However, from biblical history, we know that man became disobedient in Eden, not sufficiently understanding the freedom of choice given to him by the Lord. Divinely created, it was natural for man to become a god by grace. But then the serpent proposed to him to become a “god” in a different, inappropriate way. Simply put, man reached out to become a god by theft, through what was forbidden to him by his Creator. And he did so, transgressing God’s command. Such a proposal for theft from God did not happen only once, with Adam and Eve, but occurs throughout history with each of us. The same choice stands before all of us. The one and only correct way is to become truly gods by grace, choosing Christ’s path, the way of the cross, the path leading to resurrection and ascension with God; the other way is the rebellion against God, the Luciferian path, when, being deceived like the first Adam and Eve by the serpent, we think we are doing something good and believe that without God we can become gods, be free. And exactly then, when man falls away from God, real slavery occurs. Man without God, my dear ones, ceases to truly live, ceases to be a man. Like when, for example, a branch is cut off from a tree. It has nothing left but to wither, because it can no longer draw life-giving juices from the root and the stem. After all, Christ teaches His Apostles: I am the vine, ye are the branches; he that abideth in Me, and I in him, the same bringeth forth much fruit; for without Me ye can do nothing. If a man abide not in Me, he is cast forth as a branch, and is withered; and men gather them, and cast them into the fire, and they are burned (John 15:5-6). This shows us that life without God is empty, barren, without true happiness, without essential joy. A man can be happy only when he meets his Creator in love.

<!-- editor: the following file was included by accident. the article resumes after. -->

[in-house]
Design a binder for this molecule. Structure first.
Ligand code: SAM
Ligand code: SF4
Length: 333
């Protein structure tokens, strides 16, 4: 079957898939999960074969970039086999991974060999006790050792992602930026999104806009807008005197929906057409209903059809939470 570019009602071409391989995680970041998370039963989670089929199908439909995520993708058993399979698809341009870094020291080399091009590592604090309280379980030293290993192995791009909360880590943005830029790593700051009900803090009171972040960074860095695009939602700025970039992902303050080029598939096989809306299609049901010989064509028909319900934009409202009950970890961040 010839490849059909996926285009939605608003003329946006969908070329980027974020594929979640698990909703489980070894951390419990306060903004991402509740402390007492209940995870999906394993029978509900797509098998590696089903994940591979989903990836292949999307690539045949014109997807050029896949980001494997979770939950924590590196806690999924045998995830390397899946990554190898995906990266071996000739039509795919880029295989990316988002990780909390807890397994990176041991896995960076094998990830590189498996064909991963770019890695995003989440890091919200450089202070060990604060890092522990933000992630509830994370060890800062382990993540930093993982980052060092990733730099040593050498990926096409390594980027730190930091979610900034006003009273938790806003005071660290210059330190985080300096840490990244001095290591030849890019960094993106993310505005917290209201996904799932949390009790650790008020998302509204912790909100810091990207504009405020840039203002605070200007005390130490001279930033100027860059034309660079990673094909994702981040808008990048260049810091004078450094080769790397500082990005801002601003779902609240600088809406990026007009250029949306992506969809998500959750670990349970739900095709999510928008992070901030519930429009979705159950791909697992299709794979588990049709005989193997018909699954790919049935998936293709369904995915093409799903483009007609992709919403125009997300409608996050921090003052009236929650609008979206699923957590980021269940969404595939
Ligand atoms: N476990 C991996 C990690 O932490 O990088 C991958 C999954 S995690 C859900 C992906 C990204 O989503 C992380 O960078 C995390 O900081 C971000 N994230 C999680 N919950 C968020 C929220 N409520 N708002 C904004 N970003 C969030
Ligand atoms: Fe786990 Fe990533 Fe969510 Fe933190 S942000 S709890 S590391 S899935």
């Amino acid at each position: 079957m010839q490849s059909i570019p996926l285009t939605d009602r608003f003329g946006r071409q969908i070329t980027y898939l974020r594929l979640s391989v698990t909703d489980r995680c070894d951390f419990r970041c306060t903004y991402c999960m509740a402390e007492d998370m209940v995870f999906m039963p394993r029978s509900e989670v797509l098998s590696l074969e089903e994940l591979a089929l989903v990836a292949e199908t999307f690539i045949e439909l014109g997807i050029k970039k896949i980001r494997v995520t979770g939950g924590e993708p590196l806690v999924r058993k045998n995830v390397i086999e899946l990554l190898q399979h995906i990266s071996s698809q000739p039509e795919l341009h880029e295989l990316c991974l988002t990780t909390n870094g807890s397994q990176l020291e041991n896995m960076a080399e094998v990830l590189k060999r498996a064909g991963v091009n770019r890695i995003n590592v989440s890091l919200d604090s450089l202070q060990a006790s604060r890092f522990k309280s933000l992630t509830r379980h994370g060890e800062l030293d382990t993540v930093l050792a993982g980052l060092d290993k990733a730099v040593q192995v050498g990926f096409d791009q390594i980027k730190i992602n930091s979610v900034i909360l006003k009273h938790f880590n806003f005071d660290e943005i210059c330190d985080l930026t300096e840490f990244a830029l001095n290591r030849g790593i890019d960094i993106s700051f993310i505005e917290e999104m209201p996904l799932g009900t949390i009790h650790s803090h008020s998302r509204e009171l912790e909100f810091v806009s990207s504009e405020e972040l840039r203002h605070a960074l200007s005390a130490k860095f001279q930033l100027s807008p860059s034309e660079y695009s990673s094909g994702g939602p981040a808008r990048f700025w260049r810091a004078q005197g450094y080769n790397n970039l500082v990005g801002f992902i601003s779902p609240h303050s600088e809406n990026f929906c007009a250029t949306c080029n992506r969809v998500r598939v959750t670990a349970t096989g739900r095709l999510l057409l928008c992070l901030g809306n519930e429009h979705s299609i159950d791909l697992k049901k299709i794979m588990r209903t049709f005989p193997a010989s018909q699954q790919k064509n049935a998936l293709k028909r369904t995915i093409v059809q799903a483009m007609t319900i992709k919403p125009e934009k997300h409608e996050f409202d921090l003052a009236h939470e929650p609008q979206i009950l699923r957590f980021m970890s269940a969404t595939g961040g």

And behold, He, our Creator and God, came to meet us in humility; the Beloved came to be born in this world as the poorest of men. Not in a royal palace, not even in an ordinary house, but He was born in a shepherds’ hut, in a cave, and laid in a manger. In a place where animals slept. The manger was His cradle, the hay was His bed. He came in utmost humility to meet all of us, every individual. And in this time, He comes to all of us who are here tonight to stand vigil and meet Him, most of all through the Holy Communion of the Divine Eucharist.On my way here, the monks told me that we have many guests. And as always, I felt great excitement and gratitude for that. Because we did not inherit any of the things we have now. We did not inherit this splendor that you can see in the Monastery. But the walls and the inventory in the Monastery are not as important to me as this glow which I see in your eyes, the sparkle that I notice in your desire to be with Christ. Because once, not very long ago, the Monastery was empty. And not only this Monastery but also most of the sanctuaries in our country were empty. Yesterday I told the carolers who surprised me – and I think the brothers have already published it on the page – that when we came to the Monastery, we started thinking of vasious ways to attract young people to the faith. One of the ways to attract them for Christmas was the prayer vigil for the New Year’s Eve according to the new calendar. Because if we announced then that we would have a vigil for the Nativity of Christ, no one would have come. Such was, unfortunately, the spiritual climate in our society. Everyone celebrated superficially, materially, not in the church, but at home, because “the most important thing” for Christmas was to sit at the table at home. Yes, I agree, the festive meal is also necessary, but it is the last thing and is no more than just a natural end to the celebration, which follows after the Divine Table of the Holy Eucharist. But in Macedonia at that time for Christmas, it was more important than anything to just sit at the table and eat and drink. In the context of this, I remember a survey, somewhere in ’91/’92, when journalists asked foreign diplomats in the country how they celebrate Christmas in their countries. And all of them, the English, French, Germans, Americans that we had here, answered that in the morning they first go to mass, to the service, and then to a family lunch. When they asked our politicians, their reply was: “Christmas is a holiday for family gatherings and lunch.” Nothing more. No God, no service. They even immediately started telling the recipes and foods they eat for Christmas. So, the Eucharistic life was so forgotten among us. One went to church for Christmas just to maybe light a candle and for nothing else.